Introduction: Beach Wheelchair
As the dad of a child with cerebral palsy, I know equipment is expensive. I was pricing wheelchairs to use at the beach, and they were over a $1000. I searched images on the net and decided make my own was possible and cheaper. This is my design, easily modified, to suit the individual person.
Step 1: Materials
The pictures show the PVC connectors you will need. Depending on any mods you might do, you might need different ones. I recommend 2" PVC, schedule 40. Some chairs have been made by others using 1 1/2". I used 2" for strength so as my child grows, it will hold up. I strongly recommend furniture grade connectors, which is usually found on-line. All, in addition to the connectors, you will need pipe. You can get ones without markings on-line or you can get pipe at your local hardware store. The glue I use is above & can be found in most hardware stores.. Be careful, it does stain clothes and other materials. The axle I used came from my local metal supply store and is aluminum so it doesn't rust. The wheels you will find on-line. I bought mind off eBay, but their are other places. Search "beach wheels." Also, you will need cotter pins and washers depending on the wheels you purchase.
Material for seat and seat back- I used vinyl mesh which I bought on-line. When choosing a material, make sure its quick drying.
Various screw or bolts you might need for attaching a foot plate and positioning belts
Step 2: Tools
- Miter Saw, power or hand
- Drill press (nice to have but can be done with out)
- Drill bits
- old rags
- Eye protection and dust mask strongly recommended
- gloves when working with the glue advised.
- Tape measure
- Square (not mandatory but handy)
Step 3: Cut the Pvc Pipe
My diagram has the measurements you need for the pipe you need to cut. Cutting will cause a large mess and create a lot of dust. The measurements can be modified to suit your person with special needs. I use a "T" to so my child doesn't slide off.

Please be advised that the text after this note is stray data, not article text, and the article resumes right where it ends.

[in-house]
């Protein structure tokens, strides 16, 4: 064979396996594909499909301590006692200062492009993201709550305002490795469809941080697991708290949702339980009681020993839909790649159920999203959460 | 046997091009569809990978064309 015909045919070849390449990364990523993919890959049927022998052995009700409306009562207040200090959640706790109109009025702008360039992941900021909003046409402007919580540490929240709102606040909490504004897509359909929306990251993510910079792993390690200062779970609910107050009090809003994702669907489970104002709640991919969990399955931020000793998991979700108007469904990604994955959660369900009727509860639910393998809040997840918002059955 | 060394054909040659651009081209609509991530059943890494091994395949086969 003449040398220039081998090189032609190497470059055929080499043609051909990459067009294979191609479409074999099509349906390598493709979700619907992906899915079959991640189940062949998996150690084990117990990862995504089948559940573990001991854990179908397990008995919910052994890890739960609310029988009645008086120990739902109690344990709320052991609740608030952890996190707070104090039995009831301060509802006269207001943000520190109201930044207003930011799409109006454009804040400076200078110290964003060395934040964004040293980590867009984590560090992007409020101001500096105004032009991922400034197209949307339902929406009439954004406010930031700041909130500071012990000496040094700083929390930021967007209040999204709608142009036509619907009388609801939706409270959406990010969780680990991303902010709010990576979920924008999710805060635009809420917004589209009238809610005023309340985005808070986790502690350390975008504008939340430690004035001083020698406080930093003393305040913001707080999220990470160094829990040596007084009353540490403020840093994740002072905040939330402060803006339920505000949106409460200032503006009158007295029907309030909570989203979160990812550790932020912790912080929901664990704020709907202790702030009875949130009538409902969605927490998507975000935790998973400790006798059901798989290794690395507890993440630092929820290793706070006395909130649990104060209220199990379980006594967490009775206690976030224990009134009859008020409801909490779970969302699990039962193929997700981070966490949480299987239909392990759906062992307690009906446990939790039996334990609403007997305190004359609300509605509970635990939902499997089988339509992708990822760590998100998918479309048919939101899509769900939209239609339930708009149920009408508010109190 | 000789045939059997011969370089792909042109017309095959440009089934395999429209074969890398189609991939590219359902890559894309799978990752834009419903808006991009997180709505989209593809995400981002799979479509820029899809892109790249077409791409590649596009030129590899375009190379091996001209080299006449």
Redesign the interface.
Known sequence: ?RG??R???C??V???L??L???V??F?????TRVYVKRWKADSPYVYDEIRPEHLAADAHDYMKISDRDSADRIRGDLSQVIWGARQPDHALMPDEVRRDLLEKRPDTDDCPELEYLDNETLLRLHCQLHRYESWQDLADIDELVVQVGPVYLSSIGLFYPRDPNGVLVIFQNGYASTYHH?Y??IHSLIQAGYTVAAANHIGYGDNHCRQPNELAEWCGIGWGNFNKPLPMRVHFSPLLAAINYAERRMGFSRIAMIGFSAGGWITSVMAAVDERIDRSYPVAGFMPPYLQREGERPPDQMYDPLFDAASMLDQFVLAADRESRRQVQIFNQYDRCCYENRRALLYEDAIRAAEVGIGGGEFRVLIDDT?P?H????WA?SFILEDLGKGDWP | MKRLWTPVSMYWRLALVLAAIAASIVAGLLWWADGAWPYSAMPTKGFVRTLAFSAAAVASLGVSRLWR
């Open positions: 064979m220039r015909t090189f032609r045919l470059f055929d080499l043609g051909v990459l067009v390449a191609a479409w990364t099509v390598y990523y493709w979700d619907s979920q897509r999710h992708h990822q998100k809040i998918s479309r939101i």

Step 4: Dry Fit and Cut Axle
Put the parts together but DON'T USE GLUE. This will allow you to make any adjustments. Also, cut you axle at this time once you have completed "dry mock-up." This will allow for accurate measurement and placement of the axle and mark where you will drill the holes.
Step 5: Final Assembly of the Frame
Make sure you mark the pieces, painter's tape and a Sharpie are good for this, and disassemble. Drill any holes needed.
Then, assemble following instructions on the glue. Most glue drys quickly so you will need to work efficiently. Tap with a mallet to assure a secure fit.
Step 6: Seating
Create your seat. I used a sewing machine, vinyl mesh, and Velcro to secure it while allowing for removable. What you do is totally up to you and your abilities. Pool noodles make make for good cushioning.
Step 7: Finishing Up
Put your wheels on. If you want a foot plate, I used vinyl boards that are also used as trim on the exterior of garages an available at your big box home improvement stores. You can also use vinyl mesh or whatever you might think of. Just make sure it's waterproof or quick drying.
Put any seat belts or harness on. I found the seatbelt from an old bike trailer and used a Velcro strap from an old bath chair. You can buy brand new ones or use ones from old equipment. Car seats are good places to find this item.
Now, you are done. Head for the beach or your local lake!
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